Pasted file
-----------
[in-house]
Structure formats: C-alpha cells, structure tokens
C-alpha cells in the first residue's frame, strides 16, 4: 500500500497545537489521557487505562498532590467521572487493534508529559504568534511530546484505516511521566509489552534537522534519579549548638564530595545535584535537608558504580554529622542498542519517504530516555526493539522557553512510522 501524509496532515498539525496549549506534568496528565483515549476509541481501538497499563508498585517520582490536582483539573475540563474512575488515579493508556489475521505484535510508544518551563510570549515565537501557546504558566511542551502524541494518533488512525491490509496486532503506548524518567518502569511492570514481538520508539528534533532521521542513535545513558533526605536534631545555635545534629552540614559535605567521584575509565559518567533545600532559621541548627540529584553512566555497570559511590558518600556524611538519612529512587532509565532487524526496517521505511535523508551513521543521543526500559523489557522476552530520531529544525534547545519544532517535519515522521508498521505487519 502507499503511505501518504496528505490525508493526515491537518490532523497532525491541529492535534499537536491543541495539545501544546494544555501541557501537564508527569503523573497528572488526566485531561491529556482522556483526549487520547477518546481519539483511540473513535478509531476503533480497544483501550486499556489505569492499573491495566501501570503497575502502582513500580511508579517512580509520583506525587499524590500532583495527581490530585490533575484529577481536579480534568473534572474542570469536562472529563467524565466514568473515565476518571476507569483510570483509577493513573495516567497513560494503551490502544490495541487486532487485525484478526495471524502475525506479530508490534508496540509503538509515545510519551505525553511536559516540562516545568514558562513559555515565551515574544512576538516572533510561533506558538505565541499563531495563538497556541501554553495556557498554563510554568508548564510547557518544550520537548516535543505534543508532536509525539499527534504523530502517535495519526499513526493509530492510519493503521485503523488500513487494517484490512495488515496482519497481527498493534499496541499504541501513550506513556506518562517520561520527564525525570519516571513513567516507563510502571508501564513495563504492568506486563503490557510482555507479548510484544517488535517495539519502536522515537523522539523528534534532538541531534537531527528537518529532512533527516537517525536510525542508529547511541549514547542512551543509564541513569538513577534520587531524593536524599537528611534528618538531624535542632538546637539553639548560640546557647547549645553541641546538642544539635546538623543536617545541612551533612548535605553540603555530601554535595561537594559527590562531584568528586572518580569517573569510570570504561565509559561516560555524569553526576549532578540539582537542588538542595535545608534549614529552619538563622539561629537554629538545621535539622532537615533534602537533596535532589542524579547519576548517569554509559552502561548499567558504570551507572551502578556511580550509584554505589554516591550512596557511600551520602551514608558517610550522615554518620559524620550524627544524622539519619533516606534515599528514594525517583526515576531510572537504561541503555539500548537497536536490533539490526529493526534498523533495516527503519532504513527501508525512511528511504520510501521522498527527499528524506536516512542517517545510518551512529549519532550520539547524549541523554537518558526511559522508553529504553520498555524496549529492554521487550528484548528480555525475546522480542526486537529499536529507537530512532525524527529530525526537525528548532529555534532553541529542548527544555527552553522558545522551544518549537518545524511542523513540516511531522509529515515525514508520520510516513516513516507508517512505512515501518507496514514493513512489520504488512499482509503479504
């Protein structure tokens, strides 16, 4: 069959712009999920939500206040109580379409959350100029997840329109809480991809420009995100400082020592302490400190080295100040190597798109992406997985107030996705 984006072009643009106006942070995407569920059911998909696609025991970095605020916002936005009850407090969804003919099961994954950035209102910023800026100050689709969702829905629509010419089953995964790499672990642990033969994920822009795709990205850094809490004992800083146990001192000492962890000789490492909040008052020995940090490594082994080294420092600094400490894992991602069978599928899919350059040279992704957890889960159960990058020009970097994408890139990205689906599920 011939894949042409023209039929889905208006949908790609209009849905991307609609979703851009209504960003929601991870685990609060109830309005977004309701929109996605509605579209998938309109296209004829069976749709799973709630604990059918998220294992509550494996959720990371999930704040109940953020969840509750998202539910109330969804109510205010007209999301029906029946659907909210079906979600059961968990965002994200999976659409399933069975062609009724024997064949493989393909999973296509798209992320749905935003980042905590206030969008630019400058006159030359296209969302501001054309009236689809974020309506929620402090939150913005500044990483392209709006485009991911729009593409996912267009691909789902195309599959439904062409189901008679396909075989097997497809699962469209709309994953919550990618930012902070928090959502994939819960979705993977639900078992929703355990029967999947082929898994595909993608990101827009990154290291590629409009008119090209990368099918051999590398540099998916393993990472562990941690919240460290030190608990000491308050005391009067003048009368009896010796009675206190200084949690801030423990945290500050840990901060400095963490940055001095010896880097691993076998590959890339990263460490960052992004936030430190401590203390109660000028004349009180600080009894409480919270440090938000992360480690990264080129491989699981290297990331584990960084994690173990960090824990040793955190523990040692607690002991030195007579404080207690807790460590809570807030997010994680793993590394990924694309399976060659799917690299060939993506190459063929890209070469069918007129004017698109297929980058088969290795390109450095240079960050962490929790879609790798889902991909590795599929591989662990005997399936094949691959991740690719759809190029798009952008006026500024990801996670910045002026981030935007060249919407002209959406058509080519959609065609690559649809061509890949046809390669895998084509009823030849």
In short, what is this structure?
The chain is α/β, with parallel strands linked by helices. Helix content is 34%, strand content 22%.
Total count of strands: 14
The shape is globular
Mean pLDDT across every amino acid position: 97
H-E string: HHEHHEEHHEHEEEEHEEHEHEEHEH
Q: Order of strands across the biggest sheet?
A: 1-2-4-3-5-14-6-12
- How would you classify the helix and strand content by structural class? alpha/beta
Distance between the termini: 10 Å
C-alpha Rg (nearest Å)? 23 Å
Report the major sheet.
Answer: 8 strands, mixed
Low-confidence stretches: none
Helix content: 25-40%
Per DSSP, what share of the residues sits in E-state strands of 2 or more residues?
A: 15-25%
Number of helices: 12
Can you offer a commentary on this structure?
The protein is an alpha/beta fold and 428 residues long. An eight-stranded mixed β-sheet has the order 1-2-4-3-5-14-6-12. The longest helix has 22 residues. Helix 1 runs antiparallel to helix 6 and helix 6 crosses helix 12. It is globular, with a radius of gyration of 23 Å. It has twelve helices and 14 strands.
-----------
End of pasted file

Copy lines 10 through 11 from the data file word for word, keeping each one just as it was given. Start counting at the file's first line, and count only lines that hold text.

H-E string: HHEHHEEHHEHEEEEHEEHEHEEHEH
Q: Order of strands across the biggest sheet?